Critters for Christmas

It’s tempting, isn’t it? Your small child, grandchild, or family friend looks at you with thoseTobyBow14_1 big eyes and says all they want for Christmas is…. A pony. While the plea is endearing, and you do know a guy with a Shetland for sale, time and care must be taken before launching into this decision. Here are just a few of the key points to consider:

Time
All animals require time and attention. If you’re looking at getting a horse for your daughter and she is already spreading herself thin between basketball practice, dance lessons and pep squad, you may want to reconsider. At a minimum, you need to be prepared to have the time to feed and water your horse at least two times each and every day. In addition to that, regular grooming and exercise will take time, as will things like farrier visits, veterinarian check ups, etc.

Space
Let’s face it: a horse is not a backyard animal. They require space to live and space to get exercise. Unless you have a barn and paddock ready to go or are willing to pay for boarding somewhere, buying a horse may not be the best choice for you.

Money
Horses cost money. Not only at the initial time of purchase, but also throughout their life. Dollars can be easily spent on horses in the form of veterinary bills, shoeing, boarding, feed, tack, equipment, supplies, transportation, etc. Make sure you have talked to other horse owners about what to expect for costs (especially those specific to your area – like the price of hay and boarding costs) and that you can afford the hobby before you begin.

Commitment
Almost every little child goes through a phase where they want own a stable full of horses and they swear they’ll ride every day. But when the rubber hits the road, the passion often fizzles. And nothing is sadder than a well-trained, capable horse in the prime of its life, sitting in a pasture with nothing to do and no one to ride it.

Alternatives to horse ownership
So how do you know if horses are going to be a long term enjoyment for you or someone you love? There are several ways to get started in the horse habit without being a full-fledged horse owner. Why not give a gift certificate for riding lessons at a nearby stable? This will whet the appetite of the temporary horse lover, and if they stick with it, it may prove that a long term investment is wise. In addition, many horses are offered for lease instead of sale. This minimizes you exposure to risk in the event that after 2 months the riding habit dies off.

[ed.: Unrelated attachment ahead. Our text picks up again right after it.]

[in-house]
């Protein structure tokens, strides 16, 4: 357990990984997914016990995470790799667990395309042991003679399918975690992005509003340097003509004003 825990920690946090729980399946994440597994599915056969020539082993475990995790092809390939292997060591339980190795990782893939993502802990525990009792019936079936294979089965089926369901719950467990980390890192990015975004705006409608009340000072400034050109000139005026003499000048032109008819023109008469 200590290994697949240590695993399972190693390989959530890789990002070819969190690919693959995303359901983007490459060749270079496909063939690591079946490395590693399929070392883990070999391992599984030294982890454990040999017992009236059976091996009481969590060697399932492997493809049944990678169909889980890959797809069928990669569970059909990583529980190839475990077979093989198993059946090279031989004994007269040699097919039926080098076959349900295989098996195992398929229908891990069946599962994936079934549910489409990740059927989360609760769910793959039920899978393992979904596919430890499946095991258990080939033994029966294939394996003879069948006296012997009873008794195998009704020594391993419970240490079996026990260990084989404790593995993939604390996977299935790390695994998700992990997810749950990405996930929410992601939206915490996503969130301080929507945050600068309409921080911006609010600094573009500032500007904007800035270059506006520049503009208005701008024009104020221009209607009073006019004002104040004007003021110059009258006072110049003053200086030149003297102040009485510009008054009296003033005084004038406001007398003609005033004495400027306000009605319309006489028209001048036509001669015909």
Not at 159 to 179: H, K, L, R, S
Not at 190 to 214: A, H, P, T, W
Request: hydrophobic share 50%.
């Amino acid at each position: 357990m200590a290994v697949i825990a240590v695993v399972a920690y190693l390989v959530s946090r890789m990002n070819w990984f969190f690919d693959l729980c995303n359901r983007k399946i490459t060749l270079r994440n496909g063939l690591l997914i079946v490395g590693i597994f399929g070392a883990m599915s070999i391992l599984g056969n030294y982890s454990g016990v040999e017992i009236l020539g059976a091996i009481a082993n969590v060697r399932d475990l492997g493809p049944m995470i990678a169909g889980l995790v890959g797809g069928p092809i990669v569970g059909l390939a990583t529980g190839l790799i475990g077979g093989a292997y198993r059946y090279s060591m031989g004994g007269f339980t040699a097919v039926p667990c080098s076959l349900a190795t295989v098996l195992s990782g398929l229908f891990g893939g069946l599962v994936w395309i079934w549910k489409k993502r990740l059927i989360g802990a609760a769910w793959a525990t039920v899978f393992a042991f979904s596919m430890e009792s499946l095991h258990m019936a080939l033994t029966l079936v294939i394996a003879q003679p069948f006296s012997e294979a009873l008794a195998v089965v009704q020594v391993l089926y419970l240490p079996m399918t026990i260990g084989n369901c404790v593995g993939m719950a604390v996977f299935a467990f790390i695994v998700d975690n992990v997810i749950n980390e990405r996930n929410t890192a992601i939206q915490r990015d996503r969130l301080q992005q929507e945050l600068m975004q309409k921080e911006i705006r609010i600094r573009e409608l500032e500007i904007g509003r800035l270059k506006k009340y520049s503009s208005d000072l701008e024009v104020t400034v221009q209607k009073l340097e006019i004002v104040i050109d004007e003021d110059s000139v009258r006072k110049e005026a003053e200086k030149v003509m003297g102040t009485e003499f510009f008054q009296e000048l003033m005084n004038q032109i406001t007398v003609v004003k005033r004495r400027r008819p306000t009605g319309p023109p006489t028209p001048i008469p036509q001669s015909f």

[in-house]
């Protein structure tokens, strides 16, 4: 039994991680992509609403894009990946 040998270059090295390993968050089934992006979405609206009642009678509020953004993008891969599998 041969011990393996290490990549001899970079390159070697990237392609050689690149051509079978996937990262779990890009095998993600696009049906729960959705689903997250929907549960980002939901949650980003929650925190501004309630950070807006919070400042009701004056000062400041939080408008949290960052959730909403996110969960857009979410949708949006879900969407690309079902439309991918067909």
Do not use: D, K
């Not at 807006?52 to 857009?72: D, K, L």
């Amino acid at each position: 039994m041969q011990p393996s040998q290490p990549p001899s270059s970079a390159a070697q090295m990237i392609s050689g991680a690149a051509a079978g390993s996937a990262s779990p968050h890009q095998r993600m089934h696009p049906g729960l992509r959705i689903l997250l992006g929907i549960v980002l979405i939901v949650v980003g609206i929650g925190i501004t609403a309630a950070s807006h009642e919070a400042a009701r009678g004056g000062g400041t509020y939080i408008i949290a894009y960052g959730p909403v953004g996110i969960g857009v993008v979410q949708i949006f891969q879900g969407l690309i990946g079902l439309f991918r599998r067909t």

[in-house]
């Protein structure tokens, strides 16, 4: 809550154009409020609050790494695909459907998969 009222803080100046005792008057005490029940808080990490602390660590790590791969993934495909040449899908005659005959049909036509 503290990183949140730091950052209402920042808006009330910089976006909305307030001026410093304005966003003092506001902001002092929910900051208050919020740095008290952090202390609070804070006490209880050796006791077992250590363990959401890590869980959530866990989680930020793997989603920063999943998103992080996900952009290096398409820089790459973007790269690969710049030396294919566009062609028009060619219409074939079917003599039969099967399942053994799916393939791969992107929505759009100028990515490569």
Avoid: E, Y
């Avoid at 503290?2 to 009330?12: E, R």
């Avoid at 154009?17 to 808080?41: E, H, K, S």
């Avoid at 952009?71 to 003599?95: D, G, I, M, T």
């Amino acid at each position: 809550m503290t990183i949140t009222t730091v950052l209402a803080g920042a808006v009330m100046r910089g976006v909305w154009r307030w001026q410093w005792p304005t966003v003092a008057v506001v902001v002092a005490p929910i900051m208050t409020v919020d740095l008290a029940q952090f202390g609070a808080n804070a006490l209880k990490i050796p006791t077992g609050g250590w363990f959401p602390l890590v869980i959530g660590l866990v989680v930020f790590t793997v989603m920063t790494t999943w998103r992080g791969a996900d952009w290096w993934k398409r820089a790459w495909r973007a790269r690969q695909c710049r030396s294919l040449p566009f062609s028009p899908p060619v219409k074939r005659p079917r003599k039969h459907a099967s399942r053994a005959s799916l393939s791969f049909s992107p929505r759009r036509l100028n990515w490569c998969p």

If you decide to move forward with the purchase, well – be ready with wide open arms for the biggest hug you’ll ever receive! Don’t say we didn’t warn you!

What about WEG?

If you subscribe to e-newsletters from any equestrian breed or discipline organizations, or you read any horse publications, chances are that you have seen some talk of the 2010 Alltech World Equestrian Games (WEG) coming to Lexington, KY this fall.

So, what the heck is the big deal?  I mean, people compete in Fédération Equestre Internationale (FEI) disciplines internationally all the time, right?  Well, yes, but it isn’t very often that the United States hosts this kind of event. 

In fact, for the first time in the history of the WEG, this year’s games are hosted by a country outside of Europe….in our very own horsey hotspot of Lexington, KY.  Here is some info about WEG at a glance:

  1. The Games are held every 4 years,  2 years before the Olympics
  2. The games are administered by the Fédération Equestre Internationale (FEI) which has affiliations with over 130 national organizations
  3. The disciplines represented consist of eight (8) FEI internationally governed events over 16 days: Dressage, Jumping, Eventing, Vaulting, Combined Driving, Endurance, Reining, and for the first time in 2010, Para-Dressage
  4. This year’s games have attracted entries from 60 countries
  5. Organizers are expecting 600,000 people will flock to Lexington during the 16 day event

Is this a big deal?  As a rider and fan of one of the disciplines represented, I happen to think so.  To be honest, I’m not sure I’ll have another opportunity to see the caliber of horses and athletes with my own eyes, this close to home (that is to say, NOT after a 12+ hour flight). 

Will it be expensive to attend?  Well, compared to heading to my regional championships, you bet it will be expensive.  But will the experience become more fuel for reaching my dreams?  I have no doubt I’ll be saddling up the day I land back home…..well, maybe the day after.

If you are heading to Lexington, KY during the games, be sure to stop by and say ‘hi’ at the Nutrena booth inside the International Equestrian Festival.